Your small business’s books are like scorecards of your business’s financial status. However, if numbers are not your thing, bookkeeping might not be one of your top priorities. But as a responsible business owner, you should know the basics at least.
Regardless of your feelings about bookkeeping, it’s just one of those activities that you can’t avoid. To help you out, here are easy tips to make bookkeeping easier and more efficient.
Going to the bank, using standard spreadsheets, and manual calculations are things of the past. These days, you can do most of your banking tasks online and opt for simple, easy-to-use, but robust bookkeeping software to help you with your bookkeeping tasks. You can even sync your chosen software with your business’s banking account to ensure that your records are always updated and accurate.
Never Mix Your Personal and Business Finances
Co-mingling income and expenses is a surprisingly common mistake that many business owners still fall prey to. But this one innocent mistake would cause you stress, hassles, and legal problems later on. You should have a dedicated bank account for your business, including a credit card. Besides separating your personal and business finances, this will also help in building your business’s credit rating.
Review All Your Accounting and Bookkeeping Records Quarterly
Look for trends like declining or increasing sales, yearly revenues, or a decrease of increase in late customer payments. For these quarterly reviews, your accountant can help you see the bigger picture so you’ll be more prepared for capital needs later on, including moving to a new location or investing in new equipment.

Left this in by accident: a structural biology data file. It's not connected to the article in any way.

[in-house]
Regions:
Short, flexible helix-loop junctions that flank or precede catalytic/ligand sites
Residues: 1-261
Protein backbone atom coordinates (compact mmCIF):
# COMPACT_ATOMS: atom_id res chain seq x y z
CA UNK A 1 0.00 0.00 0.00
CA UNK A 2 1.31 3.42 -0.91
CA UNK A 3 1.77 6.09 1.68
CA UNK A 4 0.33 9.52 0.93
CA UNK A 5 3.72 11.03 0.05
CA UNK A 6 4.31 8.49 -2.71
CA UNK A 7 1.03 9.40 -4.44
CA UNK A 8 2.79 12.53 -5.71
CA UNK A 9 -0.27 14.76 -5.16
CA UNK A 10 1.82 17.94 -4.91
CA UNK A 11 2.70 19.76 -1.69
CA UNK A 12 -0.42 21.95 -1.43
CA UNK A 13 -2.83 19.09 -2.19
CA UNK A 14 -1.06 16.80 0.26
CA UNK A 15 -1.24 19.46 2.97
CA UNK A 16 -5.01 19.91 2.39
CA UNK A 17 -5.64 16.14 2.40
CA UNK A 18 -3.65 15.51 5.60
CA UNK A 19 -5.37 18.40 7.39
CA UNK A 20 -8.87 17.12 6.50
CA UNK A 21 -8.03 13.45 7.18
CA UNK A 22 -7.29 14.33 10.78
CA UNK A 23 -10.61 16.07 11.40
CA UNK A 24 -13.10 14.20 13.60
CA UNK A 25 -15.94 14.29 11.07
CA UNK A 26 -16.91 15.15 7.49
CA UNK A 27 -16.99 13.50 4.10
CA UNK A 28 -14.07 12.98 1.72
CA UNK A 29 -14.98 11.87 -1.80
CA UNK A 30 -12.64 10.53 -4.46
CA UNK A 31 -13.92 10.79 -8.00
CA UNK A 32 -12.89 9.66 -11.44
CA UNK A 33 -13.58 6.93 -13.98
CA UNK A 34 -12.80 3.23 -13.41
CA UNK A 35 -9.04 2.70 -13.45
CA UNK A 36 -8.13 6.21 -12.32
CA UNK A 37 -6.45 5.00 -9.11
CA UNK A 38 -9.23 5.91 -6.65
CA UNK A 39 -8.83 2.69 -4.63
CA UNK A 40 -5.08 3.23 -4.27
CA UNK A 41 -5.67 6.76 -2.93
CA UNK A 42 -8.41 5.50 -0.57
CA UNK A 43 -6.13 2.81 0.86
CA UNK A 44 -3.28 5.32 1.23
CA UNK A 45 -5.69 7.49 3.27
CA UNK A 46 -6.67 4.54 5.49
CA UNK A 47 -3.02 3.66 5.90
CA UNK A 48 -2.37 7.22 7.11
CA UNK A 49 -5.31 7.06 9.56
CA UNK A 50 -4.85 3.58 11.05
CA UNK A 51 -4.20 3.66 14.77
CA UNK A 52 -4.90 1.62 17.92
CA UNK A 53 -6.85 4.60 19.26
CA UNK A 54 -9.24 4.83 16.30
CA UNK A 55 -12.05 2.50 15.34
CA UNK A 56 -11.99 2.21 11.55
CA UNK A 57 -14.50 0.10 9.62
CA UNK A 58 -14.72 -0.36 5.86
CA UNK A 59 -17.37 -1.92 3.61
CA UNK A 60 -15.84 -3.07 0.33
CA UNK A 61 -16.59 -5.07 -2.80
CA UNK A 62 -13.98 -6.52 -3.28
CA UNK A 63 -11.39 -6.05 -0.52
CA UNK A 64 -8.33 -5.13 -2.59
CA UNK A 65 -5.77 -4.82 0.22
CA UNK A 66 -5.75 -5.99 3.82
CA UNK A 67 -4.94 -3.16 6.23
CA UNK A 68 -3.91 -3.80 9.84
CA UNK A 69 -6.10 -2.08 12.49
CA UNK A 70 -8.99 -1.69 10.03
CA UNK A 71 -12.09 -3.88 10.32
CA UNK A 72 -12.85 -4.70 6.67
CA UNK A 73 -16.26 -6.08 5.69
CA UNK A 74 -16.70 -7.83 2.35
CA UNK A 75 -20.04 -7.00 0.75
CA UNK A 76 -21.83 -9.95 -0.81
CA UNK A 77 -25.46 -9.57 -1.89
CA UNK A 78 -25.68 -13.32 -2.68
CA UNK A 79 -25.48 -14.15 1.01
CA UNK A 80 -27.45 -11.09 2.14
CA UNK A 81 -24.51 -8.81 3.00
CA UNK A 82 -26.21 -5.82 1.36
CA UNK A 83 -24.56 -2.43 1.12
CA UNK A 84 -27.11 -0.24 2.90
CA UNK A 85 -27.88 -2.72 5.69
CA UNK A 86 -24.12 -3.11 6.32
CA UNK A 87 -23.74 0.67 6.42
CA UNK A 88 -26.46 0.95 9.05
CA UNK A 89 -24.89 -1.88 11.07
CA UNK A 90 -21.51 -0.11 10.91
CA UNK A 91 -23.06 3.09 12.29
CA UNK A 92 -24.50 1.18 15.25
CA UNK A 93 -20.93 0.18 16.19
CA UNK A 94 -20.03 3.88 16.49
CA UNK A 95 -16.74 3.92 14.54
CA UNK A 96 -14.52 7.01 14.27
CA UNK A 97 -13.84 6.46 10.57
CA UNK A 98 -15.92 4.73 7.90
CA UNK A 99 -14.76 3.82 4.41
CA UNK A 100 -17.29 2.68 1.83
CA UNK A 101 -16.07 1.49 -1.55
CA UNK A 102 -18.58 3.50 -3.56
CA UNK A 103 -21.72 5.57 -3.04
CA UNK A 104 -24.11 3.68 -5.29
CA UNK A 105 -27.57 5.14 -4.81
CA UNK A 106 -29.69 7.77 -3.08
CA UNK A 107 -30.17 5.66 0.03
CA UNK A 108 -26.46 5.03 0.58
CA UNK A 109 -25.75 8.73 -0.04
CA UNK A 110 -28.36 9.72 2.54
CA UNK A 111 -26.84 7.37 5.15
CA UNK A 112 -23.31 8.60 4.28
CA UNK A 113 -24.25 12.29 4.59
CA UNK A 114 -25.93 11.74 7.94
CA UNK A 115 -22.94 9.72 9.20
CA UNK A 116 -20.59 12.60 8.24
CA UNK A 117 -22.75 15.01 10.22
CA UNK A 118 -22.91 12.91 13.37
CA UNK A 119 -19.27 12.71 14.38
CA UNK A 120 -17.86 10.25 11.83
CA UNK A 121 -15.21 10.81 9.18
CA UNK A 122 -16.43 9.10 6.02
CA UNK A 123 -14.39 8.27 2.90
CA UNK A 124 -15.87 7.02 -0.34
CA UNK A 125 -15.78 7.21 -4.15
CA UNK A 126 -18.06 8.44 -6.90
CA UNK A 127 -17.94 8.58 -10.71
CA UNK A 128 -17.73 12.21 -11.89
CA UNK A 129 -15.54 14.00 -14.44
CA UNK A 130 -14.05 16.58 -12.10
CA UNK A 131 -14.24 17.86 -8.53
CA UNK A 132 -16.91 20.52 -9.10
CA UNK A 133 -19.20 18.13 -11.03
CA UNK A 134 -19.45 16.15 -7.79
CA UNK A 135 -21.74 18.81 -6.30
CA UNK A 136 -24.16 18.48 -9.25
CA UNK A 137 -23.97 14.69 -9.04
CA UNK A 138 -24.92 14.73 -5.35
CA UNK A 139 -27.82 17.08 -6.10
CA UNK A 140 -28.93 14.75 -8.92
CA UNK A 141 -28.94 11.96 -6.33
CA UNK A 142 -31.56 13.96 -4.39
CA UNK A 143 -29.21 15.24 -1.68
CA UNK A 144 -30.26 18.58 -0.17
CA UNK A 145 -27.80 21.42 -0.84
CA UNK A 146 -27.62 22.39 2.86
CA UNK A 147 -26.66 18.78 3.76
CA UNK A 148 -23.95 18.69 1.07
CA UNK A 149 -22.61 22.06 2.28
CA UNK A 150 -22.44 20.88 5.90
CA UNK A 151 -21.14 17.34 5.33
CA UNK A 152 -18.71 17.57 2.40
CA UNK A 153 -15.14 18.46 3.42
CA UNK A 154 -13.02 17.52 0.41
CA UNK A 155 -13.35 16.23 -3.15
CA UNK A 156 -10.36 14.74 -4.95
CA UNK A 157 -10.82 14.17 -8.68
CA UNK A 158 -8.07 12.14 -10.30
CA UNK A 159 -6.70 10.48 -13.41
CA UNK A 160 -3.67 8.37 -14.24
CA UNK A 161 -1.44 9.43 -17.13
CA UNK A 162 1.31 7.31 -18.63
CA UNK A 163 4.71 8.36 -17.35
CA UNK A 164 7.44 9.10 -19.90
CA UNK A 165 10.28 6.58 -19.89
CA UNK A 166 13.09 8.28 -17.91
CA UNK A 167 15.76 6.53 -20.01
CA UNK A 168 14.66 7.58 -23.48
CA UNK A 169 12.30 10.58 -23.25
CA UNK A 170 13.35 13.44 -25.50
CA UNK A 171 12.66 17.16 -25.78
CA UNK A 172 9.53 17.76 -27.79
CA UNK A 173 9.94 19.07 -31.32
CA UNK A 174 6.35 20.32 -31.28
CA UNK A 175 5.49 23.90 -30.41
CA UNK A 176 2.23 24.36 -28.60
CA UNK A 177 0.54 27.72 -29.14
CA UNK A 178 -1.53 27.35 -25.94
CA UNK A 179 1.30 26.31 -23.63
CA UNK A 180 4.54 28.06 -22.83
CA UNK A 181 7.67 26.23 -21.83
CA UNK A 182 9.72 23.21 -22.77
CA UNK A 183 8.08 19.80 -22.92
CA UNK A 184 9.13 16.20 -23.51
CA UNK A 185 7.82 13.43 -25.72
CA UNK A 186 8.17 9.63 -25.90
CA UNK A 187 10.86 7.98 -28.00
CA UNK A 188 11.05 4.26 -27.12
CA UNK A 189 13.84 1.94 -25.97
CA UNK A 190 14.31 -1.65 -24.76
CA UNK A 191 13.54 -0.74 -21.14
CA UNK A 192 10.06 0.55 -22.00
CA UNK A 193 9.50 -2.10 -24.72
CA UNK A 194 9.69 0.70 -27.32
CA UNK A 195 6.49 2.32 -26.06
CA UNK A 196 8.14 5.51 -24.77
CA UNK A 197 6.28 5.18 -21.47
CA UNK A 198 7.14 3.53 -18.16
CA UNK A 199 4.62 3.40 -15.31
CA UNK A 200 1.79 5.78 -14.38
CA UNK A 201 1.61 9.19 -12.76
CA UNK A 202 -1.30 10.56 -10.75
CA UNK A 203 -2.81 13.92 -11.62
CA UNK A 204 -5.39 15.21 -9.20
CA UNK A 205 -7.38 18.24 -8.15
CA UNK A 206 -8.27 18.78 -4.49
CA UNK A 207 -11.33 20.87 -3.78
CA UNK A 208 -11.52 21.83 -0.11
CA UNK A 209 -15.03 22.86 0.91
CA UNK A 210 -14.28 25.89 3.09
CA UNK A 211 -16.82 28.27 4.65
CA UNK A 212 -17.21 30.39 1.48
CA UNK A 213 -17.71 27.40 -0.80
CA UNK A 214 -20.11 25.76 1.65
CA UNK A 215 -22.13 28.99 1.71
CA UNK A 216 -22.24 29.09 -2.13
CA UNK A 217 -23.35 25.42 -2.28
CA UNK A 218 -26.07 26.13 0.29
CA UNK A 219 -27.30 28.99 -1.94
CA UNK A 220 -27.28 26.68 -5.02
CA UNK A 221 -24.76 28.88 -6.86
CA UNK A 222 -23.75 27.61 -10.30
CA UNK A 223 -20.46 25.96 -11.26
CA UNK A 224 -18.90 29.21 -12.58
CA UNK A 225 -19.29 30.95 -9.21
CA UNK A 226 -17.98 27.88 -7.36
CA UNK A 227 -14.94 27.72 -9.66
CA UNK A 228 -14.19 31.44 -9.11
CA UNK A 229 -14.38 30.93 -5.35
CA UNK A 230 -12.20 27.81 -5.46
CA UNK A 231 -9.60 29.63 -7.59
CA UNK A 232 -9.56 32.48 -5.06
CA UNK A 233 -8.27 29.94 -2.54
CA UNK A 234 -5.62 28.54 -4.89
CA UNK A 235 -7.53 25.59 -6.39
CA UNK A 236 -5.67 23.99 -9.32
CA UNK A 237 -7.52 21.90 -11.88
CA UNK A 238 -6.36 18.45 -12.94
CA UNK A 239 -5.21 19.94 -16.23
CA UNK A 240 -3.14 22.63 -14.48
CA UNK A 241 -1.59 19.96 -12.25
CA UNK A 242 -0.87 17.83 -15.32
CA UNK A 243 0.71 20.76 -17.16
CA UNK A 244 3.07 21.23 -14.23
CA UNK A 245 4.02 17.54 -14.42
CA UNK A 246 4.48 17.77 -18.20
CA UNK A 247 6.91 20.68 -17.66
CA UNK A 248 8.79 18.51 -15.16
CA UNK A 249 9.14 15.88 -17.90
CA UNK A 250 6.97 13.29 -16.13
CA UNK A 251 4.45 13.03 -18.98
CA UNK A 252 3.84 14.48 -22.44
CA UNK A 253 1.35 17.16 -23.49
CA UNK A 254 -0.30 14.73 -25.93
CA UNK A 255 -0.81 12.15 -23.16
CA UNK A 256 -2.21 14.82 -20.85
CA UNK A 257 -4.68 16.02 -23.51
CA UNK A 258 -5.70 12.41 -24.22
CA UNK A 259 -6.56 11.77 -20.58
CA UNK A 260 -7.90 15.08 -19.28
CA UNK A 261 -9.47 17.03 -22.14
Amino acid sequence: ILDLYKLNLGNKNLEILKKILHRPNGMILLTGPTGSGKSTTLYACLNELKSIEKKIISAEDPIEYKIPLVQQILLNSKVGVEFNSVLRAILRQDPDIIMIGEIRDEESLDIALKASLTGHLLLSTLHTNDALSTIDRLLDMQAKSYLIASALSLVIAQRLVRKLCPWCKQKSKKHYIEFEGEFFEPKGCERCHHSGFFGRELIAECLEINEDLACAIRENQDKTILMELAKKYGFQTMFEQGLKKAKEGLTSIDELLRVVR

Pay Close Attention to Your Accounts Receivables
Your cash flow could dry up quickly if your customers always pay late. Keep track of your receivables deadlines and remind them of their obligations. Also, try to help your customers whenever possible. For example, you can consider setting up a customized payment plan for a customer who’s having financial issues so that you can at least obtain some money for that unpaid batch of wheelchair lifts from your Utah location.
Every month, check the total and percentage outstanding revenue amount. In general, your unpaid accounts receivables shouldn’t be more than 15%. Reach out to late-paying customers once a week to firmly remind them of what they still owe you.
Record and Keep Track of Your Business Expenses
Ask your accountant about which types of expenses you could deduct for the next tax year. Keep detailed records of anything that you might be able to claim. You can ample time by digitizing and scanning receipts. Additionally, you could further simplify expense tracking when you use your business’s credit card for all your business expenses.
Always Be Prepared for Tax Season
It’s great business sense and just practical to always plan ahead for tax season and setting aside funds for unexpected tax bills. Always pay on time to avoid hefty fines. You can also consider syncing your business computer’s calendar with the tax calendar from the IRS website to help ensure that you don’t miss deadlines.
Conduct Financial Checkups Regularly
Ideally, you should review your books at least once per week to ensure that everything is in order. Putting off bookkeeping for too long could result in you ending up with figures that don’t match, overdue invoices, and bounced checks.
Bookkeeping might not be your favorite part of being your own boss, but it’s a crucial one. Errors in your books due to sloppy bookkeeping or lack of it could definitely endanger your business. That being said, if you’re really not cut out for bookkeeping, you can always hire one and ask your accountant for things that you don’t fully understand.